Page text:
My Love Letter to Aaron Sorkin

I credit his work with getting me through the dark days of the Bush administration. An over-exaggeration? Not really. It's been five years since the last Aaron Sorkin TV series ended, and that's a very long time for an idealist like me to wait for world order to be restored. Sure, there were movies and an Oscar win in between for him, but I really need more of a weekly dose on television to successfully navigate the too-often troubling and murky waters of the current world we live in.

Admittedly, I came a little bit late to the game and began my love affair when West Wing began, mostly because Sports Night, well, had the word "sports" in it, so I didn't see it until long after its run had ended. Be that as it may, I fell hard and fast for the common thread of welcomed wordy intellect, heart, and humor that permeate all of Mr. Sorkin's work. And when the threat of pending doom, be it from catastrophic global warming, incessant greed, or just plain stupidity threaten to send me running for cover, I pull out just about any episode of any show that Mr. Sorkin has written and assure myself that there's at least one other person who "gets it" and not only feels the way I do, but gives beautiful voice to those feelings.

It's not that the characters who inhabit these bustling alternate universes are perfect. Far from it. They are flawed in the most human of ways. But they are also brave and courageous in ways I would like to believe we all can be. They have backbone, as few do, when push comes to shove, and integrity always wins out. Who doesn't want to live in a world like that?

So yes, I still want to be able to envision a world where people embody the best of noble attributes. And sadly, that world exists only on TV.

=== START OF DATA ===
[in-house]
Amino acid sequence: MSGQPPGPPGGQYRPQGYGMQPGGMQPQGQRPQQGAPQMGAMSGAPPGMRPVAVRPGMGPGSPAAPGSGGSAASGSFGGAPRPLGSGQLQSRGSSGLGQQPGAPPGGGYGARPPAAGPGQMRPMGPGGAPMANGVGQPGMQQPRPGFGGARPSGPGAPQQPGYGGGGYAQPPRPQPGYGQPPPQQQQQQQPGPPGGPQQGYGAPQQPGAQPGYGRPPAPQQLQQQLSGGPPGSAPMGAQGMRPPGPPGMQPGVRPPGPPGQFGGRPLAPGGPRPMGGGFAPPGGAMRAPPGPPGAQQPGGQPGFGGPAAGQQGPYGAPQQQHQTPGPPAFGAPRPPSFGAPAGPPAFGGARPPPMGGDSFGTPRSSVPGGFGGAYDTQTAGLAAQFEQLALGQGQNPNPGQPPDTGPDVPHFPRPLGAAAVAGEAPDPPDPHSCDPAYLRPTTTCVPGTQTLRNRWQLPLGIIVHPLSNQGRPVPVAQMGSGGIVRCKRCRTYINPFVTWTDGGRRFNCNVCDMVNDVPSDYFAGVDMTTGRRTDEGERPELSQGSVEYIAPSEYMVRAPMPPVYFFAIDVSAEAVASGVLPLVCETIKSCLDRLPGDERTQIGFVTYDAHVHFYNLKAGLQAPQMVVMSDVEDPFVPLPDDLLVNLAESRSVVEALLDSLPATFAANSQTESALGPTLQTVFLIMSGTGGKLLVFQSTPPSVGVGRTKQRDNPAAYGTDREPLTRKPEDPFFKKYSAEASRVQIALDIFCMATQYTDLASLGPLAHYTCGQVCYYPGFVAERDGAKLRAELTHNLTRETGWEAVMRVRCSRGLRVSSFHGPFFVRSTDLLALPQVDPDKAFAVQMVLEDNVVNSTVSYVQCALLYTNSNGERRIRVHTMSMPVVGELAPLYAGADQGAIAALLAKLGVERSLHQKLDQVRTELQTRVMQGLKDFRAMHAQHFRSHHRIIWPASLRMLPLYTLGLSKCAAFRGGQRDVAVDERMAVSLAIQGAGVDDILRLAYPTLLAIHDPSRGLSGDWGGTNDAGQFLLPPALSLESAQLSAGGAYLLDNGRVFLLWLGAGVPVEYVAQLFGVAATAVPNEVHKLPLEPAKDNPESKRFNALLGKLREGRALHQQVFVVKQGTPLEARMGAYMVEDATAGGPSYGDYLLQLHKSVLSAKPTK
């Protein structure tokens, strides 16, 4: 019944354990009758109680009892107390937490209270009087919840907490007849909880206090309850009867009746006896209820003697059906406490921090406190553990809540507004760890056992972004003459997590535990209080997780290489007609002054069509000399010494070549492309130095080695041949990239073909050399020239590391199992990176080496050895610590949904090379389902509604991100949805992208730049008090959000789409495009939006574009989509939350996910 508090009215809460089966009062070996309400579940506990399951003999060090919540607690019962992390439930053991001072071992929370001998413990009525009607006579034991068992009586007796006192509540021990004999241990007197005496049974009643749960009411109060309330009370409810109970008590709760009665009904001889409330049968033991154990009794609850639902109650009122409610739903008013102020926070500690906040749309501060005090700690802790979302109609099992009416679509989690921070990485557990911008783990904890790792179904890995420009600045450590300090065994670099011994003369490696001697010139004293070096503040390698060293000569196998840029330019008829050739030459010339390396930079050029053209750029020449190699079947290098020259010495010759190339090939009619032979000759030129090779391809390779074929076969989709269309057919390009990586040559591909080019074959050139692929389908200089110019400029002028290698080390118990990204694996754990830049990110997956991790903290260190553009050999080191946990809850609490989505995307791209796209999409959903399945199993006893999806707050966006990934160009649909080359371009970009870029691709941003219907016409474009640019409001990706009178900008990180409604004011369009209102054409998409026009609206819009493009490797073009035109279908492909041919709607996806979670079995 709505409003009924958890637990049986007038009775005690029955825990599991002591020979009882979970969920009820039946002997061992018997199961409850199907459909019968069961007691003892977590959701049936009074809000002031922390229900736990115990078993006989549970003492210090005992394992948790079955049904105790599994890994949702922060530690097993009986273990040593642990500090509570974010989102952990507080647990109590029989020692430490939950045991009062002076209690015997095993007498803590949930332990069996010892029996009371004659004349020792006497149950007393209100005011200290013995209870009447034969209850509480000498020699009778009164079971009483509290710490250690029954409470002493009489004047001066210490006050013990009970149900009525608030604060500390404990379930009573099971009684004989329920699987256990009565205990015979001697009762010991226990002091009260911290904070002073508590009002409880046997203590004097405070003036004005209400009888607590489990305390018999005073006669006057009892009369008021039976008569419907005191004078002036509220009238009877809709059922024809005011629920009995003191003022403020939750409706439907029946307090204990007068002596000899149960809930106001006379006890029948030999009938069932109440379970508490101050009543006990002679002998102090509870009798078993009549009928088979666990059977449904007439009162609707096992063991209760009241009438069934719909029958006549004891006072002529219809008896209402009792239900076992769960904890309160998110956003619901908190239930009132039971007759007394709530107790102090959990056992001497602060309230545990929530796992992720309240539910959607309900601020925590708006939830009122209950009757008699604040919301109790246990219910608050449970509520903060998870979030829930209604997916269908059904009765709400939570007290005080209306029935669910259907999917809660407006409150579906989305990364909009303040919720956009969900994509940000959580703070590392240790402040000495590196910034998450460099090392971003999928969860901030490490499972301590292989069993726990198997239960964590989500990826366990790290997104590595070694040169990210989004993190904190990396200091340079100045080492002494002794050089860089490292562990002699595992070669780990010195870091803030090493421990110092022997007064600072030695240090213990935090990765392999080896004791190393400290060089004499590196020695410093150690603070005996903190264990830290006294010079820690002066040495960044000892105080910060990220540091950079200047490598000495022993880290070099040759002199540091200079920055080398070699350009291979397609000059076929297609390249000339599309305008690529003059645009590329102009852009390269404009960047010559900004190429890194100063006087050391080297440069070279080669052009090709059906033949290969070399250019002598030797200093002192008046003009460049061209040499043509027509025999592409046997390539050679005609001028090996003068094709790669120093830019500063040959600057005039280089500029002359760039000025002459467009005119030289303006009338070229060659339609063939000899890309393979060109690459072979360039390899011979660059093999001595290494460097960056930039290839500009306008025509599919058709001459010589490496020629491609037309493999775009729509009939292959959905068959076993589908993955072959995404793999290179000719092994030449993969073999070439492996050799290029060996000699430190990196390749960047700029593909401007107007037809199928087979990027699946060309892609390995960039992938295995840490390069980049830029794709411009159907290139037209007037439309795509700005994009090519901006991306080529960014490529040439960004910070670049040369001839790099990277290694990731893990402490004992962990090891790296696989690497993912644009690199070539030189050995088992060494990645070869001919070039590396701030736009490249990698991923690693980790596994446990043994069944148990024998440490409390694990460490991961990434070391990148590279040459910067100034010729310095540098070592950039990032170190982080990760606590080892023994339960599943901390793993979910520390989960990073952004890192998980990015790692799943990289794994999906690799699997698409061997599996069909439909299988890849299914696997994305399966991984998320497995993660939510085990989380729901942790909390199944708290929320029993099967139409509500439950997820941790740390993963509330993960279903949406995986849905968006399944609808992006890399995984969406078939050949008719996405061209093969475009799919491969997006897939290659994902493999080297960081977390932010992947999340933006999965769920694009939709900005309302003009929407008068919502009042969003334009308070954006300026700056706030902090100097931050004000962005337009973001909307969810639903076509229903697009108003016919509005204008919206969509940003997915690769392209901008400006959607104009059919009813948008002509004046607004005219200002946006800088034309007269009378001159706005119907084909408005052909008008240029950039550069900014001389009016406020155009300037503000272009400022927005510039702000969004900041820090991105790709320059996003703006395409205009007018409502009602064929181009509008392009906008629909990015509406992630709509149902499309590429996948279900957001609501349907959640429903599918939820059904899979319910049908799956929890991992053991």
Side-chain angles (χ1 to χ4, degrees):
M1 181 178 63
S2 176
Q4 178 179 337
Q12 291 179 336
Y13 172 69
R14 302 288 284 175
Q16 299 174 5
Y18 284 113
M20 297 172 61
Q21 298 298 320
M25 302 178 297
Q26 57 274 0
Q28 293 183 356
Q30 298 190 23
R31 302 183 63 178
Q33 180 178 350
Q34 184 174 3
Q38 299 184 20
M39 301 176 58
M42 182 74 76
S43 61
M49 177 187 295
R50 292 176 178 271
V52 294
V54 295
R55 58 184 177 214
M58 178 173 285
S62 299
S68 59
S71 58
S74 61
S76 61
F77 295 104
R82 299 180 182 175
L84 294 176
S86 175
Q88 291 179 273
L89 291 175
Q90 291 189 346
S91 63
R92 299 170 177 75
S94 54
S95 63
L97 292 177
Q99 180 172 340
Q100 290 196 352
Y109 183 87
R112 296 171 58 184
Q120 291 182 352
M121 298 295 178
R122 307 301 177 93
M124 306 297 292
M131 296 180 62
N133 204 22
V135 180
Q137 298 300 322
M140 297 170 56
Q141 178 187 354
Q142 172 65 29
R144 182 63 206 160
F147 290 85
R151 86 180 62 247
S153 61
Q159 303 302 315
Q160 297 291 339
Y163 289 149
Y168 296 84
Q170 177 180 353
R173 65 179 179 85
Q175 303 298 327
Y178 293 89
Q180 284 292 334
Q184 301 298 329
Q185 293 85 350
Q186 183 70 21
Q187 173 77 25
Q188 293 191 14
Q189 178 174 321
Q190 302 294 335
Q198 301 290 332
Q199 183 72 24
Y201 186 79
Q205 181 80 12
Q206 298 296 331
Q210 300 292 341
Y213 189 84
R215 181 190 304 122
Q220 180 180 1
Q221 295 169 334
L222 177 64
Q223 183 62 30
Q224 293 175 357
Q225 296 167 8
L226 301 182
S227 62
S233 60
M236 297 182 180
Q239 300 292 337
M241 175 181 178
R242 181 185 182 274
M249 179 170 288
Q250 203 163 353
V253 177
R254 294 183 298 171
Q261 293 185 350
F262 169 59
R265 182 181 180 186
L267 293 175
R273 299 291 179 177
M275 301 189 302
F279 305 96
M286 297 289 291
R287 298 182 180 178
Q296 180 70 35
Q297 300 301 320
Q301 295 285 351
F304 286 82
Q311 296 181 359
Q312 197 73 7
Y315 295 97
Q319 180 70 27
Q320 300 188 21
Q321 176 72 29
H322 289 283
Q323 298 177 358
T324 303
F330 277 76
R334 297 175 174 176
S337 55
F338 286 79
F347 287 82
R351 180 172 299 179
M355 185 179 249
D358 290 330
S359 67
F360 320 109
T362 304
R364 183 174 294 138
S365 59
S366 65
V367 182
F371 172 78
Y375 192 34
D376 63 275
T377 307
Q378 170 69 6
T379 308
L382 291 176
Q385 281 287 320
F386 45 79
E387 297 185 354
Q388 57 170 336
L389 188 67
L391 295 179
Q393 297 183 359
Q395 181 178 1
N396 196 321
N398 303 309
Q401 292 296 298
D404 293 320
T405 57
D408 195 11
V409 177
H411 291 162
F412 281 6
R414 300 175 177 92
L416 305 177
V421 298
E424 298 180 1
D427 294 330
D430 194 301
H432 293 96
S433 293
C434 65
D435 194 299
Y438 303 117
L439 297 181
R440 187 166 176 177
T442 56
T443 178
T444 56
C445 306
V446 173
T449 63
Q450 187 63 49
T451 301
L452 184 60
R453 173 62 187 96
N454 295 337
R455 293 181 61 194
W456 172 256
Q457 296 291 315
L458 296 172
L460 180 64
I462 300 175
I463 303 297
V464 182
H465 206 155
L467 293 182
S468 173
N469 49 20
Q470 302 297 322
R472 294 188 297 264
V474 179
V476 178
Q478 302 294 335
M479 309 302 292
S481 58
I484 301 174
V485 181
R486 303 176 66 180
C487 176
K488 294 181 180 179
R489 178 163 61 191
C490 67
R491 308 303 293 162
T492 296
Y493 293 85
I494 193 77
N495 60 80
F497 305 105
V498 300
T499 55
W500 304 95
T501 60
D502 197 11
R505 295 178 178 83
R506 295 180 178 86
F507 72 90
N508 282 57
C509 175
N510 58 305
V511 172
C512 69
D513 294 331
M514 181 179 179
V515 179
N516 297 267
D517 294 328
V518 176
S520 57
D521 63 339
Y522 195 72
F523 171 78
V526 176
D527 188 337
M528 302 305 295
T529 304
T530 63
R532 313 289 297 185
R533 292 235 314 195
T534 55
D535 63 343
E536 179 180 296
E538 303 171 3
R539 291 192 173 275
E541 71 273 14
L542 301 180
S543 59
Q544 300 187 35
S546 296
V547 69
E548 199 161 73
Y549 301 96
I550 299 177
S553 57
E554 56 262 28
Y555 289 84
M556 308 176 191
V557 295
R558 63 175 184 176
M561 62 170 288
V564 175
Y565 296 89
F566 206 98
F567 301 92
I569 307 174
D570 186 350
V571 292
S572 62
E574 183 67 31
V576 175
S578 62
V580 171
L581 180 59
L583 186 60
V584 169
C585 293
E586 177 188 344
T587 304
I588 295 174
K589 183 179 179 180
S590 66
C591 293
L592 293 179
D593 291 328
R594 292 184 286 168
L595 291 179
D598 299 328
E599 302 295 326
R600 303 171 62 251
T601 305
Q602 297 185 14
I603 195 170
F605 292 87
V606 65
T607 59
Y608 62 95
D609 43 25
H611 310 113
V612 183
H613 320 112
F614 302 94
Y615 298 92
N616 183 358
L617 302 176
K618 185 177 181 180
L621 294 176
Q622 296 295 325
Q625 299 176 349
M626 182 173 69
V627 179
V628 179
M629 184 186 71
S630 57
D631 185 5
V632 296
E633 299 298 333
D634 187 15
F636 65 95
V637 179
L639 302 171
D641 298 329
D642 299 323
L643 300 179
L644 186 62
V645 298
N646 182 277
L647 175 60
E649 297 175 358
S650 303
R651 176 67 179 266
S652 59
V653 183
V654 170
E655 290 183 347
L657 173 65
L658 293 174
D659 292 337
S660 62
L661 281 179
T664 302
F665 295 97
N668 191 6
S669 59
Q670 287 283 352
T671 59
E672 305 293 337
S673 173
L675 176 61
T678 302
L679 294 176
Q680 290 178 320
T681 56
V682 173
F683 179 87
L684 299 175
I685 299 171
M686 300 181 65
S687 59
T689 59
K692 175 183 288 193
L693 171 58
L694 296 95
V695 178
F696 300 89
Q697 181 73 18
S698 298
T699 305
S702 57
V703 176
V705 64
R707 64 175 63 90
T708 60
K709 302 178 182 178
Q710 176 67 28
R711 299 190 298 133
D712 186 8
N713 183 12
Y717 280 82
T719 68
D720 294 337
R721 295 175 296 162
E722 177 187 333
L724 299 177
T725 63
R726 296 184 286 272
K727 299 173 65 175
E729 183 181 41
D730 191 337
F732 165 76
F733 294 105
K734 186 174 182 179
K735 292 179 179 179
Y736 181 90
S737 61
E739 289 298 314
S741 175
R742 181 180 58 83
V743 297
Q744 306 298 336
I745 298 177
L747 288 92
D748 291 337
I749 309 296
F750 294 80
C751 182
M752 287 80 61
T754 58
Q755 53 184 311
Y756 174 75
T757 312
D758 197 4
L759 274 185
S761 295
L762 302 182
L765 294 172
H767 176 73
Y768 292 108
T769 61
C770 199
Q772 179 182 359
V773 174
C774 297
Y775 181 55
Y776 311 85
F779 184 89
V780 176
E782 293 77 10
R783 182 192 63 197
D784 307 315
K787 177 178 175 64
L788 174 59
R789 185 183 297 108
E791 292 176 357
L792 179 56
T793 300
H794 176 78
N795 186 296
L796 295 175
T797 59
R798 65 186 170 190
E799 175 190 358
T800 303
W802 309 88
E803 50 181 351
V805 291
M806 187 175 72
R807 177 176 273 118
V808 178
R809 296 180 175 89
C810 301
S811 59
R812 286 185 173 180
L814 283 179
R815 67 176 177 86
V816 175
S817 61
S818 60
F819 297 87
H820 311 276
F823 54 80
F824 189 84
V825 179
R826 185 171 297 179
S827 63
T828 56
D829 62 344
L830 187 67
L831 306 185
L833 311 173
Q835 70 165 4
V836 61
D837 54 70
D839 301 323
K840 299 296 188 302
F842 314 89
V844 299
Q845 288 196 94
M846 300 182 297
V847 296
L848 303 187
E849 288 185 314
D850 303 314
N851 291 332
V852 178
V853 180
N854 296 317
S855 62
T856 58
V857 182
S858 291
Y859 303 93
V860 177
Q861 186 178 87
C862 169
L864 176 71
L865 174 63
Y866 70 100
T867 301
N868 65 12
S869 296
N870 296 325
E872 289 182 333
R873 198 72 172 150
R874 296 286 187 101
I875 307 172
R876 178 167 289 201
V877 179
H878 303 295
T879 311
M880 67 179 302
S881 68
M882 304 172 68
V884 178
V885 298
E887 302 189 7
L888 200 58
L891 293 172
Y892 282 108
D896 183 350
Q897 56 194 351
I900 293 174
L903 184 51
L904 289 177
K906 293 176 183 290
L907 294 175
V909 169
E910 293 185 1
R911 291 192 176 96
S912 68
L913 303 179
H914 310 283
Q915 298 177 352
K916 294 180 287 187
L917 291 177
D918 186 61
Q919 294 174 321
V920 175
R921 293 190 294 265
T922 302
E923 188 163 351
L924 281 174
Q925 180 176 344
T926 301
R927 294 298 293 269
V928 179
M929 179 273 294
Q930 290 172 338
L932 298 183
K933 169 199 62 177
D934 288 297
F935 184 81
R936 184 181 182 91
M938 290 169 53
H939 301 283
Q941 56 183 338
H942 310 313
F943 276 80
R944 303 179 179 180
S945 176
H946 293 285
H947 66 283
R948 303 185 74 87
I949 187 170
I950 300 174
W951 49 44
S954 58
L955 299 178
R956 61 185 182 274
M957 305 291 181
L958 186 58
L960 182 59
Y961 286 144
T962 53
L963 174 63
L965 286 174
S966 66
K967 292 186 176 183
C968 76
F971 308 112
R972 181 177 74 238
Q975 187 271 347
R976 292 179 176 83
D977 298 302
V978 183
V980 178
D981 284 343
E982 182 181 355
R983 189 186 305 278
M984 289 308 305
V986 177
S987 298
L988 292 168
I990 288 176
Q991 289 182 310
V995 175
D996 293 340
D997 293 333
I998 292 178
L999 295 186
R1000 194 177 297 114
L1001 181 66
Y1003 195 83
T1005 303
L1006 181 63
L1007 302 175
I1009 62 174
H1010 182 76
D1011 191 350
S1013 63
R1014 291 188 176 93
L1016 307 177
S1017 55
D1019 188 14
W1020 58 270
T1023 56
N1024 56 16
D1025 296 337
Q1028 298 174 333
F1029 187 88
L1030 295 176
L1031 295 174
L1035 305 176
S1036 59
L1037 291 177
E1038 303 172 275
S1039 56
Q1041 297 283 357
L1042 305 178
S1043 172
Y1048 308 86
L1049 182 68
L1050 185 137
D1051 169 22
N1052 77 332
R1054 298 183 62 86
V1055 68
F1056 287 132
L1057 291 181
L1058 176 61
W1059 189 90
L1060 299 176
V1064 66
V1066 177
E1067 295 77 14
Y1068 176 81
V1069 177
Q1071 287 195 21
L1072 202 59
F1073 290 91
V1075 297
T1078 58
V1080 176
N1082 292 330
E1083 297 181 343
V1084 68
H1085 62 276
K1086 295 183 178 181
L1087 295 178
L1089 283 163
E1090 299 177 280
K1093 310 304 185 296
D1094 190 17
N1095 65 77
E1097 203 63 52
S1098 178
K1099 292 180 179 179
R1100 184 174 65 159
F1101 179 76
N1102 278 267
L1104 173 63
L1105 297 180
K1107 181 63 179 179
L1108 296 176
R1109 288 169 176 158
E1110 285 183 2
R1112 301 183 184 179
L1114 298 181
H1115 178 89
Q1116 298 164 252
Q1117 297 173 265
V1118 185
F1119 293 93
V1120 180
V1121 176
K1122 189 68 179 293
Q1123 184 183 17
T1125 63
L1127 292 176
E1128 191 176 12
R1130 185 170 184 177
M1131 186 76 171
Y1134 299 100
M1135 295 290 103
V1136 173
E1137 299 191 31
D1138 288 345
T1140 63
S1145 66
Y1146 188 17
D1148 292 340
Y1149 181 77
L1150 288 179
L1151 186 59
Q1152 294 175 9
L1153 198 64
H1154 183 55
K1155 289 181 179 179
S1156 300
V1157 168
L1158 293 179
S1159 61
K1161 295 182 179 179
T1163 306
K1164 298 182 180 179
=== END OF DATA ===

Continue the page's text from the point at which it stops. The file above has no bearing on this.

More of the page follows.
And so I sat down to watch The Newsroom, full of hopeful anticipation that this fictitious show about cable news would somehow artfully articulate the eight kinds of crazy we all witness everyday on the real cable news networks. And my hope was fulfilled -- beyond my wildest expectations.

In "We Just Decided To," the first episode of The Newsroom, everything that frustrates, enrages, and/or depresses me about the current climate we live in was addressed when the lead character, newsman Will McAvoy, brilliantly portrayed by Jeff Daniels, responds honestly to a college co-ed's question about why America is the greatest country in the world.

"We sure used to be," his character says, before winning my undying love with gems like "We waged wars on poverty, not poor people," and "We aspired to intelligence. We didn't belittle it." (That was the point at which the little choir in my head began singing "Hallelujah!")

So, Mr. Sorkin, if you're reading this, thank you for finding such a wonderfully entertaining and inspiring way of suggesting that we can be that better version of ourselves, the one that affects positive change because "We Just Decided To." That's really what it comes down to, isn't it?